By Joshua Rollins
Directed by Ilesa Duncan
Produced by Step Up Productions
At the Athenaeum Theatre, Chicago
Can we ever runaway from out lives?
Playwright Joshua Rollins, in a ode to Sam Shepard, likes to create troubled characters who seem trapped in their lives. In Darlin’, now in a world premier at the Athenaeum Theatre, Rollins has Clem (Elizabeth Birnkrant), a 30something woman who arrives at a motel in rural Iowa. She is alone, drives a Volvo SUV with two baby seats and she has a wad of cash. The mystery abounds: who is she, why is she here; what is she running from?
Smith (Todd Michael Kiech), the motel manager questions her about the above especially when she insist on paying cash for the room – for a week. Clem is tight-lipped. An assortment of troubled souls, who seem to find their way into these slice-of-life dramas, are present. We meet Troy (Robert Hardaway), an African-American convention aid who always seems to be in the outdoor hallway when Clem’s door is open. He is a bored-with-life ex-high school football star. There is the shy delivery boy, Kenny (Jake Carr) and local drug dealer who brings Clem food, booze and weed. He is a mensch whose melancholy finds him gliding through life. he is timidly attracted to Clem.
But, the cleaning woman, Dee (Elizabeth Antonucci), who sports bruises with a manic nervousness that screams battered woman, dares to question Clem while cleaning Clem’s drunken messy room. We see the scarey, tattooed abuseive Hank (John Wehrman) as he prances about the hallway. It is quite clear that Dee is in a terrible relationship.
While Rollins does introduce these troubled characters, the action in act one is no existent. We see Clem drinking/smoking herself into an escapist oblivion, I kept waiting for something to happen. Act One drags on devoid of either more character development nor heighten mystery. As Clem implodes, we find no one to like or care about here. As it becomes know that Clem has abandoned her family and children, we begin to hate her.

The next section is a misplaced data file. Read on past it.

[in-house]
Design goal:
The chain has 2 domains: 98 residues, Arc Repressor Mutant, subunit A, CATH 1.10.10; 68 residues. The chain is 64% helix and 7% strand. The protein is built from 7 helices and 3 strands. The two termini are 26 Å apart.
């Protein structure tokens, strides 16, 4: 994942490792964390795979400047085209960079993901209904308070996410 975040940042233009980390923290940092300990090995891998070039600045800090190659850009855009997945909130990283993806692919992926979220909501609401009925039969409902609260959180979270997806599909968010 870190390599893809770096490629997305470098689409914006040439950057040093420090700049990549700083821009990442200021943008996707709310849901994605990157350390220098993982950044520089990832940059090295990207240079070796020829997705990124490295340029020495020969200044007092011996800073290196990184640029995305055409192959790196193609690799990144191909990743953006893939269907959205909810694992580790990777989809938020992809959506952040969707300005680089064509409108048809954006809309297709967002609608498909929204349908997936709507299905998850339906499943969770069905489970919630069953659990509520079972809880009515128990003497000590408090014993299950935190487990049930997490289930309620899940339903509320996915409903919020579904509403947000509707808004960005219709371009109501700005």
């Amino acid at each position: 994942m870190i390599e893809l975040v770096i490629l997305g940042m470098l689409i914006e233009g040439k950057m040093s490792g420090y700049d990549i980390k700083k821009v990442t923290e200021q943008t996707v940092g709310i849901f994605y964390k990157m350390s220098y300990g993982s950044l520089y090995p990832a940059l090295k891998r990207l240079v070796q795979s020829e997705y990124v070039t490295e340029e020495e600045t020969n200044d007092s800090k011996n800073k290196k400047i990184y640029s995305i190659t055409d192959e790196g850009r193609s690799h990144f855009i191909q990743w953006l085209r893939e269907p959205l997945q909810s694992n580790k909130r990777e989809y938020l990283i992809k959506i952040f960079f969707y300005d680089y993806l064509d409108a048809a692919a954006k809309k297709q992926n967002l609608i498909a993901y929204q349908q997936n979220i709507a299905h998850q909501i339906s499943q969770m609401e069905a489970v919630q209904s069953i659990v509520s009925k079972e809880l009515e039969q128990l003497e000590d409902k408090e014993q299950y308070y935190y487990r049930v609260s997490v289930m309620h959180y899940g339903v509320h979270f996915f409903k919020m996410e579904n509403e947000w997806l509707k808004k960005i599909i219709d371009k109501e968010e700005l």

Act two finds Jake (Bradfors R. Lund), Clem’s husband finally finding her at the motel. When he confronts her in bed with Troy, he isn’t too upset! He is more angry with her for leaving the familiarly unannounced. The arguments from Clem about why she decided to leave didn’t ring true to me. Just because she hates her life and fears that she’ll pass on to her children he coldness for life isn’t enough reason to simply run away!
The theme about the Iowans feeling trapped by their life in rural America is vividly expressed by Clem’s motel mates. Dee, the abused woman, is over played by Elizabeth Antonucci who stays with Hank, despite being beaten and psychologically abused. She does so because she love him. Really. Clem tries in vain to help Dee escape her self-imposed trap with cash.
I’ll not say more so as not be spoil the show. Darlin’ plays as an underwritten,slowly-paced drama with not much to say about running away from our troubles. It does demonstrate how we can be affected by the people and places that surround us. Too bad there isn’t more substance about that and the ugly issue of spousal abuse. This character sketch need more meat to get us to empathize. Jake Carr and Elizabeth Birnkrant gave worthy performances. Darlin’ is a near miss.
Talk Theatre in Chicago podcast
Date Reviewed: March 11, 2014
For more info checkout the Darlin’ page at theatreinchicago.com
At The Athenaeum Theatre, 2936 N. Southport, Chicago, IL, call773-935-6875, tickets $30, Thursdays thru Saturdays at 8 pm, Sundays at 2 pm, running time is 2 hours 10 minutes with intermission, through April 13, 2014